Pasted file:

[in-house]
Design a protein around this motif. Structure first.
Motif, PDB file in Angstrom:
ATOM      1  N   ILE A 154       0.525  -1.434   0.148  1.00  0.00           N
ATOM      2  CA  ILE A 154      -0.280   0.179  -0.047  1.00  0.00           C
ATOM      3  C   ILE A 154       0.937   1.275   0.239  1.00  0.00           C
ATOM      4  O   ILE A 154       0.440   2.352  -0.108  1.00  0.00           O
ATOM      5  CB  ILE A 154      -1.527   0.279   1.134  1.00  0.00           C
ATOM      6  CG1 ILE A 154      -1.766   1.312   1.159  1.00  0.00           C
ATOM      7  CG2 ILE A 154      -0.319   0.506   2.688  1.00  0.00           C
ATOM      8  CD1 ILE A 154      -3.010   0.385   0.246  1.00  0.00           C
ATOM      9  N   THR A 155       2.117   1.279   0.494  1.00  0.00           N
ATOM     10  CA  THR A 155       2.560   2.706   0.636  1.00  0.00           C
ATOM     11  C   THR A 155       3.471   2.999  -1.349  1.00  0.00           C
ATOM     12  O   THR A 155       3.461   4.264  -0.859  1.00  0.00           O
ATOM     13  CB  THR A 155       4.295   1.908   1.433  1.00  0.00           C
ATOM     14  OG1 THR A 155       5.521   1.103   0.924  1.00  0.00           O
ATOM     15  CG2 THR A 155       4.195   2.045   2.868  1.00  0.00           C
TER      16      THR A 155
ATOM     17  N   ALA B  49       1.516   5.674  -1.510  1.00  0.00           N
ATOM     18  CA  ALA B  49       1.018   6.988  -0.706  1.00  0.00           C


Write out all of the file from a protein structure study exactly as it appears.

[in-house]
Design a protein around this motif. Structure first.
Motif, PDB file in Angstrom:
ATOM      1  N   ILE A 154       0.525  -1.434   0.148  1.00  0.00           N
ATOM      2  CA  ILE A 154      -0.280   0.179  -0.047  1.00  0.00           C
ATOM      3  C   ILE A 154       0.937   1.275   0.239  1.00  0.00           C
ATOM      4  O   ILE A 154       0.440   2.352  -0.108  1.00  0.00           O
ATOM      5  CB  ILE A 154      -1.527   0.279   1.134  1.00  0.00           C
ATOM      6  CG1 ILE A 154      -1.766   1.312   1.159  1.00  0.00           C
ATOM      7  CG2 ILE A 154      -0.319   0.506   2.688  1.00  0.00           C
ATOM      8  CD1 ILE A 154      -3.010   0.385   0.246  1.00  0.00           C
ATOM      9  N   THR A 155       2.117   1.279   0.494  1.00  0.00           N
ATOM     10  CA  THR A 155       2.560   2.706   0.636  1.00  0.00           C
ATOM     11  C   THR A 155       3.471   2.999  -1.349  1.00  0.00           C
ATOM     12  O   THR A 155       3.461   4.264  -0.859  1.00  0.00           O
ATOM     13  CB  THR A 155       4.295   1.908   1.433  1.00  0.00           C
ATOM     14  OG1 THR A 155       5.521   1.103   0.924  1.00  0.00           O
ATOM     15  CG2 THR A 155       4.195   2.045   2.868  1.00  0.00           C
TER      16      THR A 155
ATOM     17  N   ALA B  49       1.516   5.674  -1.510  1.00  0.00           N
ATOM     18  CA  ALA B  49       1.018   6.988  -0.706  1.00  0.00           C